Five Go on an Island Adventure

We arrived in the dark. On a boat. It missed the pier and had to spin round and go back out to sea before trying again. It was all very exciting.

Port Askaig, Islay:

ferry arrival

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stone circles in winter

Aikey Brae stone circle

I love the way Aikey Brae stone circle seems to materialise as you step out of the dark woodland path. It’s my favourite circle; it feels like my ‘home’ one. I did used to live nearby so have visited it more than any other. This was Boxing Day.

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drained

snow and ice on the loch

Beautiful isn’t it? Yet, I felt panicked when I saw the loch was being drained. I stood like an angry lorax at the side, pointing at trees that had been felled to carve an ugly canal in the bank, asking irate questions: Why? When will it be fixed? Why?

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Culloden and Clava

Macduff, anchor and church

A bright blue sky day. Good for a journey up the coast and into the past. Above: I stopped to take a picture of the anchor on the hill in Macduff.

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A Tower, a Chapel, a Kitchen and the Sky

the wine tower

I mentioned a visit to The Wine Tower, Fraserburgh’s oldest building, in a previous post here. During a recent Doors Open Day it was… open! Inside we go:

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Dancing round rainy Aberdeen

The Chanonry on a rainy day in Aberdeen

I skirted round the edges of rainy Aberdeen in search of bright spots and green corners. Above is The Chanonry, a cobbled street in Old Aberdeen. Cobbles are called ‘cassies’ up here, a word I had long forgotten until I was reminded of it on Twitter.

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serendipity and stones and a little dance

seagull and serendipity

The first serendipitous happening of the day was the haar (Scottish word for mist that rolls in off the sea) and its silvery filtering of the sunlight. Then there was the seagull that flew by as I took the photo.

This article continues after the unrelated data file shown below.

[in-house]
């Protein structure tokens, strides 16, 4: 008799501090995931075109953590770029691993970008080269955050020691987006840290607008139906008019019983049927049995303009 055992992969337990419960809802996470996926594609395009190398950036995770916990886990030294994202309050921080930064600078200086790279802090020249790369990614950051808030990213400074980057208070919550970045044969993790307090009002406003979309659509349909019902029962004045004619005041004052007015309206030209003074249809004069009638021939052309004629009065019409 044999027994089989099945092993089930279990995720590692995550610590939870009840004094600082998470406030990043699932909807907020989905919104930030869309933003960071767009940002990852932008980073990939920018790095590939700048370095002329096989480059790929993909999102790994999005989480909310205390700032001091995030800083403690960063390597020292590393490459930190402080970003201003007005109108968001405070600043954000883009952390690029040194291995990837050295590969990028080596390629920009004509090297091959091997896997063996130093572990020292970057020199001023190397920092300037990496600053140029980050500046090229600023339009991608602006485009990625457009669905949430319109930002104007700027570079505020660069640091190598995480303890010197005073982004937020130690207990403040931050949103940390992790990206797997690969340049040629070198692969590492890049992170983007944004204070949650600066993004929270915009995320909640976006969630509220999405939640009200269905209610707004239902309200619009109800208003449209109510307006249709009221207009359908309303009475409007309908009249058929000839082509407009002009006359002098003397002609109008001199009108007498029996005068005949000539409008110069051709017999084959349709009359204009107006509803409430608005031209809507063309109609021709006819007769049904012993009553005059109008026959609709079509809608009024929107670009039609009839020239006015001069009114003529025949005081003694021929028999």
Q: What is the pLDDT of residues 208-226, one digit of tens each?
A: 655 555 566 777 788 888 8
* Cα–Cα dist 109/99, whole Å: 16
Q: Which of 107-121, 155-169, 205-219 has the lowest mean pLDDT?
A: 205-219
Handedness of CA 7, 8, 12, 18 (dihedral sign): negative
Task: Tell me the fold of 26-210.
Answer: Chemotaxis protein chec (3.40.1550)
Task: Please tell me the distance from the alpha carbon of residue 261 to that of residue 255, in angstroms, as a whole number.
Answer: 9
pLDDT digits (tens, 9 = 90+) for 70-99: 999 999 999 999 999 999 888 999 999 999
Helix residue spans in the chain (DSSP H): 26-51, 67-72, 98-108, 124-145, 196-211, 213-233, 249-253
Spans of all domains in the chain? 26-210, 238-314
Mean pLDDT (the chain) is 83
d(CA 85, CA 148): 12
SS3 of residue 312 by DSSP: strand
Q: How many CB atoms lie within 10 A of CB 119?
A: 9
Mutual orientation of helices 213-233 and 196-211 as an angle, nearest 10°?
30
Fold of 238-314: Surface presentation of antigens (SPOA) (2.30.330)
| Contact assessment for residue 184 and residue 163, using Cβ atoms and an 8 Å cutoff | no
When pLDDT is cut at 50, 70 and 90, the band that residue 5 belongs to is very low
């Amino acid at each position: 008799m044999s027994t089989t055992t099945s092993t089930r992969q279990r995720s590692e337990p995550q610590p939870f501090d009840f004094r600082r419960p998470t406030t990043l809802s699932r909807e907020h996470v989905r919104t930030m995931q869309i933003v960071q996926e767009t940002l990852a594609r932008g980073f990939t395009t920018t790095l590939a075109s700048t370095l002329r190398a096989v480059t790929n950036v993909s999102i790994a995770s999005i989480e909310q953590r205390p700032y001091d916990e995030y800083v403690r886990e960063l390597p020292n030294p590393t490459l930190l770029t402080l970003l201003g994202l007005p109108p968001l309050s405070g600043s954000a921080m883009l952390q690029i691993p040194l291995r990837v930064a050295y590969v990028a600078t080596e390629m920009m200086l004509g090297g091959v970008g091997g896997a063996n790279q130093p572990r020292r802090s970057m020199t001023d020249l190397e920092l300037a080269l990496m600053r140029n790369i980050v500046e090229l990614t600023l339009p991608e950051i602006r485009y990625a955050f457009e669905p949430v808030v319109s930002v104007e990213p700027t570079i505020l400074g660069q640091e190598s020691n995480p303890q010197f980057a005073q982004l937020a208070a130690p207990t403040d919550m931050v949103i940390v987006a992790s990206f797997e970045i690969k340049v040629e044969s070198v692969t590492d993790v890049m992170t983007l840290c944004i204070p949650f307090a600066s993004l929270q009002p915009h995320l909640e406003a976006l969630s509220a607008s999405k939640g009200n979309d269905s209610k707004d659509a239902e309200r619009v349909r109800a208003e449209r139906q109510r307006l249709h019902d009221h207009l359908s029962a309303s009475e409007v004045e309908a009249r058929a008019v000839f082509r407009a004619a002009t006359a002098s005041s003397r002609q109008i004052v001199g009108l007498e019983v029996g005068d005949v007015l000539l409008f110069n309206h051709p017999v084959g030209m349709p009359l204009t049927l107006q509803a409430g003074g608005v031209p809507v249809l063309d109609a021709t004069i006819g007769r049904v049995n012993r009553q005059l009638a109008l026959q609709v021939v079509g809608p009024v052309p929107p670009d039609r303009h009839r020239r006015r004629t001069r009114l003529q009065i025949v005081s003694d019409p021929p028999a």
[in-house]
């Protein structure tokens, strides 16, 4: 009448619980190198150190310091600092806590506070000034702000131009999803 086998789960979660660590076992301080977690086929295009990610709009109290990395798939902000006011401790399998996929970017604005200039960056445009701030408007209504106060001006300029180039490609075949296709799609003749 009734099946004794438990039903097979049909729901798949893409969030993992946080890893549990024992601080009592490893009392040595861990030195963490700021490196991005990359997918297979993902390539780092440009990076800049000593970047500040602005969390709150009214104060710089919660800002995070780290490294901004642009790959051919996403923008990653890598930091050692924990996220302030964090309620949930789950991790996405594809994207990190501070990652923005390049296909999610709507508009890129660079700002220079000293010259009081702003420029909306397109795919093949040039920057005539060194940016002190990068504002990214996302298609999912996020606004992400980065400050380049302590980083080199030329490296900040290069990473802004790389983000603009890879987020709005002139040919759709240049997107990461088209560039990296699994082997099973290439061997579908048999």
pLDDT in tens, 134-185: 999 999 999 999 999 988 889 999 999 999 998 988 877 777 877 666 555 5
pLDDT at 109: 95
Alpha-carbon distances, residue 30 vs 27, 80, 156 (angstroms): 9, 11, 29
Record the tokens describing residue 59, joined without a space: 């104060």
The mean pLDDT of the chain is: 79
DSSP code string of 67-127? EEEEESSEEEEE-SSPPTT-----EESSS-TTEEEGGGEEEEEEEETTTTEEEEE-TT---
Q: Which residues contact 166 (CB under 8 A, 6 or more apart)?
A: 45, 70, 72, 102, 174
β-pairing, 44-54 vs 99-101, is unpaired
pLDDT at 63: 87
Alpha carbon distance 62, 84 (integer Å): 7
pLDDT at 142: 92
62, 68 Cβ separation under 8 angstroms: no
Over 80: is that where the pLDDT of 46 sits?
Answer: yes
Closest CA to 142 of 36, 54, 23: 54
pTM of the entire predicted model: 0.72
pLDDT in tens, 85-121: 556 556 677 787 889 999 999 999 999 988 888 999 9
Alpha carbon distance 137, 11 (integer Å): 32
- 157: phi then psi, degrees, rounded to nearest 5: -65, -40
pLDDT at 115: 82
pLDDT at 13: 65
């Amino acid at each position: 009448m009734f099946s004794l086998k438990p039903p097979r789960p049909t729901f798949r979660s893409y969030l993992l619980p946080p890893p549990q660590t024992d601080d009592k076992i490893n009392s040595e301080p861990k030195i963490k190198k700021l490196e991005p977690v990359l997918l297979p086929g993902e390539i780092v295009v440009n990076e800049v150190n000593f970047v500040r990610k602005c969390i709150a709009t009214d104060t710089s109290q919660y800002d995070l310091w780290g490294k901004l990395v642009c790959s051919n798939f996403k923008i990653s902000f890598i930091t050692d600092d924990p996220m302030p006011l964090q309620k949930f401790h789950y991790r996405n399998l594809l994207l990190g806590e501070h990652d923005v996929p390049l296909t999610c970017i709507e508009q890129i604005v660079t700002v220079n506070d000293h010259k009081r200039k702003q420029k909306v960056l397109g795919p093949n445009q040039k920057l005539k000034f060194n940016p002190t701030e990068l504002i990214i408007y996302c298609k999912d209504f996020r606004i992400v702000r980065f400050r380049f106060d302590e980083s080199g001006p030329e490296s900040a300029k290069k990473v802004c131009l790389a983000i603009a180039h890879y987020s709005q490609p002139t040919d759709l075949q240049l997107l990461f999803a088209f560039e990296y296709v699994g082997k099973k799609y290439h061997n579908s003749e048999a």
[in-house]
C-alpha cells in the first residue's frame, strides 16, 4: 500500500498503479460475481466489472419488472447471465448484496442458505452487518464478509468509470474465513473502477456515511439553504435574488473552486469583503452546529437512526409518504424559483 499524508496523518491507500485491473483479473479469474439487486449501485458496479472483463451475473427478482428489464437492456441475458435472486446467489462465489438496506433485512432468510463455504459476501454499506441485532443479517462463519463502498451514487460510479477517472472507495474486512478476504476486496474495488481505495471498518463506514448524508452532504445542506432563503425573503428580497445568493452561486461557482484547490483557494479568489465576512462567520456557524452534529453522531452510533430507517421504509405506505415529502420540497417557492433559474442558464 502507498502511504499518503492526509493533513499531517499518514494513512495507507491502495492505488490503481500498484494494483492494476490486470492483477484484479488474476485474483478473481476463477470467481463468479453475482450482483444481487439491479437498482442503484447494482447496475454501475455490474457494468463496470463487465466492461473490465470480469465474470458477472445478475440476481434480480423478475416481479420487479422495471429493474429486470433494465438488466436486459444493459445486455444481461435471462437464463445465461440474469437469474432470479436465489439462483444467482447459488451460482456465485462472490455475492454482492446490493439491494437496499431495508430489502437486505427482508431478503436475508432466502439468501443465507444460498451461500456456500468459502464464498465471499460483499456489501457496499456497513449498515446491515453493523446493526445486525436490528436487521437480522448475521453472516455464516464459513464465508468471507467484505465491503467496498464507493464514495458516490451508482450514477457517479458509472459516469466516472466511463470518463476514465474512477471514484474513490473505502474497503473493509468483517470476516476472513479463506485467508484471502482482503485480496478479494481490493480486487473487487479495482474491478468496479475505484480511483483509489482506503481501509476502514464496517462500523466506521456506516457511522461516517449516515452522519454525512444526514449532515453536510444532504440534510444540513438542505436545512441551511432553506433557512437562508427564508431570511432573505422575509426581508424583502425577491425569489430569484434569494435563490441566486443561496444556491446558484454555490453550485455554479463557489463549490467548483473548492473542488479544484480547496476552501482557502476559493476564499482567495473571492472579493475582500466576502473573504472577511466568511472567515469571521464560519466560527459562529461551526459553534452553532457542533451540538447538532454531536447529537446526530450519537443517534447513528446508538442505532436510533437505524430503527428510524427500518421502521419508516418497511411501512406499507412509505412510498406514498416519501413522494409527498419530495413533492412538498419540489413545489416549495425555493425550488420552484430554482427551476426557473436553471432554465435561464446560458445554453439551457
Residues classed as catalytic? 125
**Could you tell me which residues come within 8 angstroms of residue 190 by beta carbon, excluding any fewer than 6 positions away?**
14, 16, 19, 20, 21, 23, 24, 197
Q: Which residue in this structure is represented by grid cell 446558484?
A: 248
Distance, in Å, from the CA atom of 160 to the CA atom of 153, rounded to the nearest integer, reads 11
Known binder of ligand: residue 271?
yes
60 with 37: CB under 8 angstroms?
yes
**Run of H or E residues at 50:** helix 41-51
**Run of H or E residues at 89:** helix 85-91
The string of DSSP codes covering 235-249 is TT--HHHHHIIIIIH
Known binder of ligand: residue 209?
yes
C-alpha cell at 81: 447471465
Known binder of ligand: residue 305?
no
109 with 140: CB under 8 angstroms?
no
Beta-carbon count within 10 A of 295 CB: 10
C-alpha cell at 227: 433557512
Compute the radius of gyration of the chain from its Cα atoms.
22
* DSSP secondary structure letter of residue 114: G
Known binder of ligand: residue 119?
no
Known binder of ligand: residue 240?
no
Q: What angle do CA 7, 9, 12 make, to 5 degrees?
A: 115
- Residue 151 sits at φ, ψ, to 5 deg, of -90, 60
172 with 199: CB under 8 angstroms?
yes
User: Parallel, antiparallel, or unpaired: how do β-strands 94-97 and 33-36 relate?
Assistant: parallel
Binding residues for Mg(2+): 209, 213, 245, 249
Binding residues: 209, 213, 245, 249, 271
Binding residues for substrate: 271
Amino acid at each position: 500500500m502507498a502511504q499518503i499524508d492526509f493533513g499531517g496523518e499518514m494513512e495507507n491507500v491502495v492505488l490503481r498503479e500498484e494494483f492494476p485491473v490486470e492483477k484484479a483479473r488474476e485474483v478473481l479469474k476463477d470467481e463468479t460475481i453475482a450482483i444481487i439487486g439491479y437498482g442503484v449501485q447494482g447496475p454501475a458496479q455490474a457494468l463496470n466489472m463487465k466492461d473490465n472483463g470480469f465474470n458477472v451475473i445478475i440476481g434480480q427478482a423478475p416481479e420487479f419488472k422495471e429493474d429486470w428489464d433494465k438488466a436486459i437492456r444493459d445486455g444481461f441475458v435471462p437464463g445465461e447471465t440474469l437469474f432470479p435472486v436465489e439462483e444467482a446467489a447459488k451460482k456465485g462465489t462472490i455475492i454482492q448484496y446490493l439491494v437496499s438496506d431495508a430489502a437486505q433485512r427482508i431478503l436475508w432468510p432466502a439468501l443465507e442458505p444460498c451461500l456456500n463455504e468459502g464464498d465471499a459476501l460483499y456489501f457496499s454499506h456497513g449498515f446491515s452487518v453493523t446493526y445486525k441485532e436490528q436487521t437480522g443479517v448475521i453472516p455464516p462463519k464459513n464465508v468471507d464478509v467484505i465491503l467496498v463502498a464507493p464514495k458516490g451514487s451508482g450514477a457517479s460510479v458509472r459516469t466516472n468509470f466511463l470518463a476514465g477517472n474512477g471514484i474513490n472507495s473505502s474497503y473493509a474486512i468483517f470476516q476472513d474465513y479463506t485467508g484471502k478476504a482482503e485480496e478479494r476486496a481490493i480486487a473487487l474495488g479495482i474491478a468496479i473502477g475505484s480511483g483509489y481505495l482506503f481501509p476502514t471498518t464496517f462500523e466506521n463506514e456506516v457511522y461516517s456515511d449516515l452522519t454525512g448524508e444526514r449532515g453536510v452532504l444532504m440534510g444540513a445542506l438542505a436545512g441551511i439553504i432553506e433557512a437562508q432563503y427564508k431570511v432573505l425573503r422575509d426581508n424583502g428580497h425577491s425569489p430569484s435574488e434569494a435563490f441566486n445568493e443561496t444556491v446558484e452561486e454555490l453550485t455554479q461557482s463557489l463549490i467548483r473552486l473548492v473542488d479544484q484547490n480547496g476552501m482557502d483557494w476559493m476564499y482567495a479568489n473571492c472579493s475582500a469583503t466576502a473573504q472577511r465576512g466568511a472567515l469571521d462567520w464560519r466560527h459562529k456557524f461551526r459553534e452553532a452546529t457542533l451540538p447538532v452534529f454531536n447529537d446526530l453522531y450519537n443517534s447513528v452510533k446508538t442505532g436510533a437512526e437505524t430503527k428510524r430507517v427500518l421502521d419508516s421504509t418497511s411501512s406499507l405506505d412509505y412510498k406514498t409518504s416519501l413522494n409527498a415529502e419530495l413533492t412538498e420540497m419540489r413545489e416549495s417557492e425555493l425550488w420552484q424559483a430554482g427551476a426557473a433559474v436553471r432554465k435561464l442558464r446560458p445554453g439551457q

Inland we travelled, to bright sunshine and summer colours and the stones of Castle Fraser. I’ve made the picture below clickable to a larger version; to the left are two standing stones and to the right, in the distance by the trees, is Balgorkar stone circle.

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Dolphins and Leopards, art in Aberdeen

Bon Accord shopping centre

There’s a public art project going on in Aberdeen for the next ten weeks: Wild Dolphins

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Bennachie

Bennachie in the distance

Bennachie is a large hill that can be seen for miles in Aberdeenshire. Its craggy peaks seem to loom out of nowhere as you drive round twisty corners of country roads. I once climbed it three times in one day for charity; complainers of sore legs were reminded of that fact yesterday. The top of Harthill Castle, which was owned and restored by the late American writer Ann Savage, is just visible over the trees.

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nature abounds

window

The view turns green.

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Fairies dance and laugh in the woods.

canopy

The canopy returns.

rowan

Trees froth and flower, filling the air with their sweetness.

blue loch

There’s blue above and blue below. The return of summer.